Back in March, International Business Machines (NYSE: IBM) and Salesforce (NYSE: CRM) announced a strategic partnership that would combine the power of both companies' artificial intelligence (AI) platforms. It was a landmark business move that could help accelerate the use of AI across every aspect of our lives, as well as benefit both companies. Yet since that announcement, the two stocks have been on diverging courses.
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Watson & Einstein
IBM's Watson is a cognitive learning system, basically a computer that imitates the human brain in how it learns from and interacts with data. The adaptive ability of Watson lends itself to virtually any business task, and IBM has applied it to a wide array of industries from tax preparation to the management of elevators and escalators.
The company is constantly pairing Watson up with new business clients. Speaking to the need for continuous work in this regard, IBM CFO Martin Schroeter had this to say during the first-quarter 2017 earnings call in April [transcript via Seeking Alpha]: "We've been very clear that to be successful with enterprise clients and to solve real problems, you need to bring together cognitive solutions on cloud platforms and create industry specific solutions. And so we've been focused on building a cognitive and cloud platform, and massing the best industry skills and capabilities, all while maintaining our focus on delivering higher value solutions."
This is where the new partnership with Salesforce and its Einstein AI platform fits in. Where Watson is designed to be an assistant for multiple areas of discipline, Einstein focuses specifically on delivering insight on customers and prospective customers to sales and service teams. The new cooperation is another feather in the hat of IBM, and opens up new software capabilities for users of Salesforce's suite of services.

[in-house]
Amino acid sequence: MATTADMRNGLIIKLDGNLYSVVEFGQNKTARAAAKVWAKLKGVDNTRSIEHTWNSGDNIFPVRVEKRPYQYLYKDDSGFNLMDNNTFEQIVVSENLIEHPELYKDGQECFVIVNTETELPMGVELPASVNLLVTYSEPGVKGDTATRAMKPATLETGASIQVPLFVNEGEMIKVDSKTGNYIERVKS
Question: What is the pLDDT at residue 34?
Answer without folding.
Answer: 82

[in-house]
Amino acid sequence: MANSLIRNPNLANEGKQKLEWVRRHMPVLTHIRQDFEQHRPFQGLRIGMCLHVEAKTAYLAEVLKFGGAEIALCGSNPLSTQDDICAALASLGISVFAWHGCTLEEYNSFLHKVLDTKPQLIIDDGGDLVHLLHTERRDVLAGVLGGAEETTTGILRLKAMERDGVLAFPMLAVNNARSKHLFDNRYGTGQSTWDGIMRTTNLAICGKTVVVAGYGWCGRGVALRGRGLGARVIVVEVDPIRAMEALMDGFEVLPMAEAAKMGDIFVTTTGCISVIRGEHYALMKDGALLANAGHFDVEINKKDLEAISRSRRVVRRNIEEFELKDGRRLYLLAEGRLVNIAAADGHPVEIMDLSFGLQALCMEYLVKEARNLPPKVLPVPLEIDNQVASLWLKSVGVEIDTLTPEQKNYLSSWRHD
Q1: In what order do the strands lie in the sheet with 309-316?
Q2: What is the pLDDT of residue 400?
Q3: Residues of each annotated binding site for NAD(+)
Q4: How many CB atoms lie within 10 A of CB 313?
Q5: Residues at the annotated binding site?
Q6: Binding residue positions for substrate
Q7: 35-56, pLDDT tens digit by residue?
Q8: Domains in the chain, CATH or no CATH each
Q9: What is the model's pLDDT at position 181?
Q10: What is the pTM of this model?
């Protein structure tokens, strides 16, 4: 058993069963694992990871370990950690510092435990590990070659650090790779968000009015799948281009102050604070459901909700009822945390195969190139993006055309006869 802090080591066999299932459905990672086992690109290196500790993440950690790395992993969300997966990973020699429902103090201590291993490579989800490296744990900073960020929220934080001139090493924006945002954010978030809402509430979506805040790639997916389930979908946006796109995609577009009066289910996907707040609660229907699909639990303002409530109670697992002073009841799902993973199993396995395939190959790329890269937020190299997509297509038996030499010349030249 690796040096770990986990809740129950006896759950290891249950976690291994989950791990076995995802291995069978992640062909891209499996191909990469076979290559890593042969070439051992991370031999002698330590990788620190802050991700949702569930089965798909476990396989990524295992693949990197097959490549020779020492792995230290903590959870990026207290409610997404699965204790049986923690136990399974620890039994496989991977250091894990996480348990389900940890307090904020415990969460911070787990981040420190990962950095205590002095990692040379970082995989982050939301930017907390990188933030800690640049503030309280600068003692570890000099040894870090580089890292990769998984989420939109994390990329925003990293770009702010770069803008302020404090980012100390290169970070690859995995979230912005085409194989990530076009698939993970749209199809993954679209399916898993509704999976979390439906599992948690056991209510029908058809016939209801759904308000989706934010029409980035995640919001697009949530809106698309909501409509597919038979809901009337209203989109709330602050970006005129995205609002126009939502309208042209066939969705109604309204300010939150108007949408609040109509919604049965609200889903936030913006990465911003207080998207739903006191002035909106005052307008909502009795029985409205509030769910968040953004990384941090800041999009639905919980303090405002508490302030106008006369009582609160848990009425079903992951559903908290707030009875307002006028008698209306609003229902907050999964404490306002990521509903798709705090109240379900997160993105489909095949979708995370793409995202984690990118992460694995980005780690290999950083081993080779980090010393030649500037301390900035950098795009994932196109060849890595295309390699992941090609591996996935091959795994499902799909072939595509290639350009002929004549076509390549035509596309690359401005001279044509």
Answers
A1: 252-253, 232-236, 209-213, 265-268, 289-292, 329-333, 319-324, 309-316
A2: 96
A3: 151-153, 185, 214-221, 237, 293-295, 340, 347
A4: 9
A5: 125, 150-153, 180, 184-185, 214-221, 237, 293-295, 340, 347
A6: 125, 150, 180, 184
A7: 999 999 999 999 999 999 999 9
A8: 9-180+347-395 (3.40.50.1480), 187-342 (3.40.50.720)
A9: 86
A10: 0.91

The Salesforce advantage
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IBM has been investing in new services, including Watson and other cognitive computing tools, with great success. During the first quarter, the company reported strong results across all of its growth strategies.
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In spite of those growth initiatives, IBM finds itself being held back by a legacy business that is in decline. Overall revenue was down 2.8% during the quarter, and profits were down 11%.
By contrast, Salesforce's business is solely focused on customer relationship management (CRM) and related software. Overall revenue rose 25% last quarter, driven by the company's practice of heavy investment in growth. Profits are thin, but revenue has been increasing double digits for years.
Salesforce has been able to grow its business through numerous acquisitions and internal developments, and AI represents its next big push as it helps users of its software be more efficient and gain insight into customer thinking and behavior.
A win-win situation, but one wins bigger
IBM's venture into AI has been a success, and Watson is becoming a well-known name. However, with Watson and other investments only offsetting losses elsewhere, it looks like IBM needs Salesforce more than Salesforce needs IBM.
Salesforce also needs ways to keep its impressive growth machine churning, but it has the benefit of being a smaller and newer company. While IBM tries to reimagine itself in a world that has drastically changed from when it started, Salesforce is eating the lunch of other software companies.
The winner in the AI for business insight battle? Salesforce.
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